Quvenzhané Wallis

Annie

The Annie mythos — culled from various versions, from an 1885 poem by James Whitcomb Riley to the Harold Gray-crafted syndicated comic strip to the beloved 1977 Broadway musical and its subsequent 1982 film adaptation — has evolved quite spectacularly over the years. Once a character in a poem that is straight up about goblins, Annie is now the adorable, plucky heroine of a feel-good musical about finding your own family (and copious amounts of cash) in the most unexpected of places. Still, the problem with Annie is that, jazzy song-and-dance sequences aside, the story itself is almost too wrenching to be believed. At least, that’s the problem with Will Gluck‘s Annie, which insists on foisting still more troubles on our pint-sized leading lady while also involving a weirdly adult subplot about corporate invasions of privacy. Isn’t being a goddamn orphan bad enough? No, because this orphan has to soft-shoe it through a feature that thinks that illiteracy works wonders as a late-breaking, totally tossed-off issue and that selling kids for cash is the kind of feature the entire family can enjoy this holiday season. Still worse, the musical elements of the film — which is still a musical, no matter how many times its own characters make fun of the genre during the actual course of the feature — are ham-fisted, poorly made and embarrassing.

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quvenzhane-wallis

What is Casting Couch? It’s full of casting news, just full of it. Today you can find out what’s next for foreign heartthrobs Michael Roskam and Marion Cotillard. Quvenzhané Wallis has been in the news a lot lately. Not only did the adorable nine-year-old stir up some controversy at Sunday’s Oscar ceremony by skinning a puppy and wearing it as a purse, she’s also been the subject of rumors regarding the Will Smith-produced remake of Annie. After Smith’s daughter Willow dropped out of the film’s starring role because she’s probably in her twenties now or something, it was rumored that Wallis would be stepping in to take her place. Deadline now confirms that this is indeed the case, and Wallis is all set to become the new face of everyone’s favorite orphan. Easy A’s Will Gluck will direct her.

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Best Actress

There are two main rivalries in the 2013 Best Actress race. There’s a head-to-head showdown between Silver Linings Playbook’s Jennifer Lawrence and Zero Dark Thirty’s Jessica Chastain. These ladies even have a supposed rivalry brewing between them. By all accounts, they are the ones to beat. There’s also that oldest versus youngest match-up between Amour’s Emmanuelle Riva [oldest] and Beasts of the Southern Wild’s Quvenzhané Wallis [youngest]. And then there’s The Impossible’s Naomi Watts. Hopefully there will be an upset so this Oscars 2013 don’t prove to be too boring. Though the Oscars do lean toward the predictable… Will any of these actresses go down in history with a bombastic speech, featuring a line akin to “You like me! You really like me!” or suffer some sort of horrendous wardrobe malfunction on the red carpet? Will there be a deluge of tears that goes down in history? Only time will tell. Hopefully the chosen lady is somewhat well-deserving of her award and at least has a good stylist. Here are the nominees with my predicted winner is in red:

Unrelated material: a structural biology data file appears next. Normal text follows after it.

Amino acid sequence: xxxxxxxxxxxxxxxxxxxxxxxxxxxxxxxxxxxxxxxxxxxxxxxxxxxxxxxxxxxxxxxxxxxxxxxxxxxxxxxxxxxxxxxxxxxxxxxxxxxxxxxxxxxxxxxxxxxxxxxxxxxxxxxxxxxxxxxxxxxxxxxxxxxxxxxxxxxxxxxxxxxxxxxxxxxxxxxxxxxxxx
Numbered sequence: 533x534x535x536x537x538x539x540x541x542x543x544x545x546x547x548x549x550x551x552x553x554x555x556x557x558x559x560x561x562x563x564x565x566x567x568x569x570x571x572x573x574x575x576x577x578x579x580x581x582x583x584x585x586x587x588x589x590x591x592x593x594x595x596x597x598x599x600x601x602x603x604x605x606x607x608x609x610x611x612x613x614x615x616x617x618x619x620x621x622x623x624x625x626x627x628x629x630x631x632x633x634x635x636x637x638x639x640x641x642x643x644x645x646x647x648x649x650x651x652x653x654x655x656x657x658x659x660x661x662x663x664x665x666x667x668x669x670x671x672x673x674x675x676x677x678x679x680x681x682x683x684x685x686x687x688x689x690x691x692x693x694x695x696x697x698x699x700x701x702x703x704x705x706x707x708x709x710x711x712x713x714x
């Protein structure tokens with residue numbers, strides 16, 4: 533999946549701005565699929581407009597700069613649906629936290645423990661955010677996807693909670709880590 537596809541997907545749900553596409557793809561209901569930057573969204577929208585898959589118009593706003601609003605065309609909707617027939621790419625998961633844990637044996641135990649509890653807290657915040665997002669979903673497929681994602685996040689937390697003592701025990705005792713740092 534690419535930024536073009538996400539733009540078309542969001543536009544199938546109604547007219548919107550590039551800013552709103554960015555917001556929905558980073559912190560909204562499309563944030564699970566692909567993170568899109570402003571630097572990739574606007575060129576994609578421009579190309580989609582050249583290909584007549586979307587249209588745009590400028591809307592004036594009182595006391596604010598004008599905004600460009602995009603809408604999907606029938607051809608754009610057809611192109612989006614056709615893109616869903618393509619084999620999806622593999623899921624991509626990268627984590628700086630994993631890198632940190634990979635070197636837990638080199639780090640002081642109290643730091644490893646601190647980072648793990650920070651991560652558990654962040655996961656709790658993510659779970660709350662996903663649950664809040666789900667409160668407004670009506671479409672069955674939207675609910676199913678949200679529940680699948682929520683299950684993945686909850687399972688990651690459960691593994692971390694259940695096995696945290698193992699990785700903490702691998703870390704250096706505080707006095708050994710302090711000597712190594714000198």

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quvenzhane-wallis

Today in “casting rumors that will surprise no one,” EW is reporting that nine-year-old Best Actress nominee Quvenzhané Wallis is “in consideration” to lead Sony’s new Annieremake. With long-attached star Willow Smith officially out and Easy A director Will Gluck officially in to helm the picture, we’ve been expecting casting buzz to start trickling out, and Wallis seems like a no-brainer of a potential star. Wallis is one of young Hollywood’s true rising stars, she’s got the positive buzz of her historic Oscar nomination, and she’s totally adorable. The outlet does stress that “Gluck and the producers at Will Smith’s Overbrook Entertainment banner and Jay-Z’s Marcy Media, which have been developing the project, have yet to make any casting decisions.” Well, we’ll just have to see about that.

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Beasts of the Southern Wild

Cannes’ secondary competition – Un Certain Regard – offers attendees the opportunity to see innovative or intriguing projects, deemed of significance by the programme schedulers, and if there is any film in the selection which fits the bill perfectly, it is Benh Zeitlin‘s Beasts of the Southern Wild. As Kevin Kelly stated in his own review of the film, it changes the way you see movies, and Zeitlin’s first feature arrived at the festival buoyed by similarly positive reviews at Sundance. The film takes place in the Bathtub, a Southern American area outside of a government enforced levee where a community of resistant, and spirited residents live in shacks in the ominous shadow cast by global warming. Our hero is Hush Puppy (Quvenzhané Wallis), an extraordinary six year old girl who lives next door to her father Wink (Dwight Henry), living day to day on the bayou, among a colourful cascade of  carnival characters, but haunted both by the ghost of her absent mother and the threat of impending ecological doom. The narrative is driven by two flashpoint events: first Wink disappears, to return days later in a hospital gown and then a raging storm floods the Bathtub, destroying the communities homes and leaving only a small group of survivors to rebuild.